Effect on Obamacare now Trump President – We have been getting many calls and inquiries about how the Affordable Care Act aka Obamacare will be affected now that Donald Trump will become President. Below is a listing of some of the common questions and answers we have been getting.
Will Obamacare end shortly after Trump takes office?
We and other experts don’t believe Obamacare will be gone that soon. It first would have to be repealed or defunded, and then a replacement plan implemented. This could take some time, and our belief is that this will not affect current enrollees for the 2017 plan year.
Can people still buy “Obamacare” policies?
The simple answer is YES. Open enrollment is now ongoing and will run thru January 31st 2017.
Will I have to pay a fine if I elect not to enroll on a health plan in 2017?
That is a difficult question, as it is currently the law, and depending on how long it takes to either repeal or amend it the law will remain in force. Anyone who fails to have coverage in 2017 is taking a chance that there will be no penalty at the end of the year.
If it is repealed, will there be some parts of the law that remain?
We sure hope so! There is strong consensus on both sides of the political isle that favors guaranteed coverage to those regardless of health condition, or the ability to keep a dependent on a health plan until age 26 (even age 29 in NY). The good thing here is that for NY members, we always had guaranteed issue as long as there was not a lapse in coverage of more than 63 days, and we covered dependents until age 26 well before Obamacare. We expect those rules not to change in NY.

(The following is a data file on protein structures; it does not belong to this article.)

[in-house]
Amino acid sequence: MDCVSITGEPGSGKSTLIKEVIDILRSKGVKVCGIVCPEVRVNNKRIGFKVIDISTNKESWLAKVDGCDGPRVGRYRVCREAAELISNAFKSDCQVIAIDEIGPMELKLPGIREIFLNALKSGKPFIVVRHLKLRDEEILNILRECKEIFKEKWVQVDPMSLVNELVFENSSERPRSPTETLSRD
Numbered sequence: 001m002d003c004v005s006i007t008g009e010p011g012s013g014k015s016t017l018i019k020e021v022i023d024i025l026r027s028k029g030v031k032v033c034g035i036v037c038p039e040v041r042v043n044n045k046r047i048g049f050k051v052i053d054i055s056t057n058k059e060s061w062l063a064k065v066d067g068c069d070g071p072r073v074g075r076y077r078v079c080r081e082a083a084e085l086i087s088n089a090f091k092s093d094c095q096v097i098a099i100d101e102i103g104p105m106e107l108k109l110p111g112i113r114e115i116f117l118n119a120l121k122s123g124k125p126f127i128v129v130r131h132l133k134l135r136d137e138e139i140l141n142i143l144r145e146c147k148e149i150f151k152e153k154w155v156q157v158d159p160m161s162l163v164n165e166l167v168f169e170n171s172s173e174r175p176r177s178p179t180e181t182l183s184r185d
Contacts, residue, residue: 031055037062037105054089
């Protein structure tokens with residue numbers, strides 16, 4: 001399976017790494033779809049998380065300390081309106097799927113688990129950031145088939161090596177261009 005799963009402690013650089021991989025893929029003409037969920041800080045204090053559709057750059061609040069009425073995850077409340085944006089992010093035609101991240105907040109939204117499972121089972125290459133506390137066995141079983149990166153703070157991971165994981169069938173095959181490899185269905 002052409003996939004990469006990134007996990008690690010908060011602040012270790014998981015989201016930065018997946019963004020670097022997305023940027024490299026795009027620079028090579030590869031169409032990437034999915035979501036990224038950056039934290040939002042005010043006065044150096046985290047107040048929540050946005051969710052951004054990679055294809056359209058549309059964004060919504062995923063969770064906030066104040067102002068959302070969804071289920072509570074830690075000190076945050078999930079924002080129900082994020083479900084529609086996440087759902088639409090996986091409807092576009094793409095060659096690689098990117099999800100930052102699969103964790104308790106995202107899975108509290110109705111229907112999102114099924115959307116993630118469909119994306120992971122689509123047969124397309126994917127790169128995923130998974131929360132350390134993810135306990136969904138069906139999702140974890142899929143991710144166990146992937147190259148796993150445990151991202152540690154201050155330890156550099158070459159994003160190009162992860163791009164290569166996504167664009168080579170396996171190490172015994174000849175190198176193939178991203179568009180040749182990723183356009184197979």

What is Trump’s proposal to replace the current system with?
Depending on where you read it, the plan is to allow tax credits to people not offered coverage thru their employers to purchase insurance on their own. There might be block grants available to states to help fund expanded Medicaid plans for those who now receive a ‘subsidy’ thru the exchanges. This would help cover some of the more vulnerable citizens who currently have the hardest time paying for coverage. Most of this will still have to be worked out.
Whatever happens in the long term, the current system should remain for the upcoming year with little change so as to avoid a large disruption in the health market. With that being said, we will have to keep abreast of all of the changes coming down the road.
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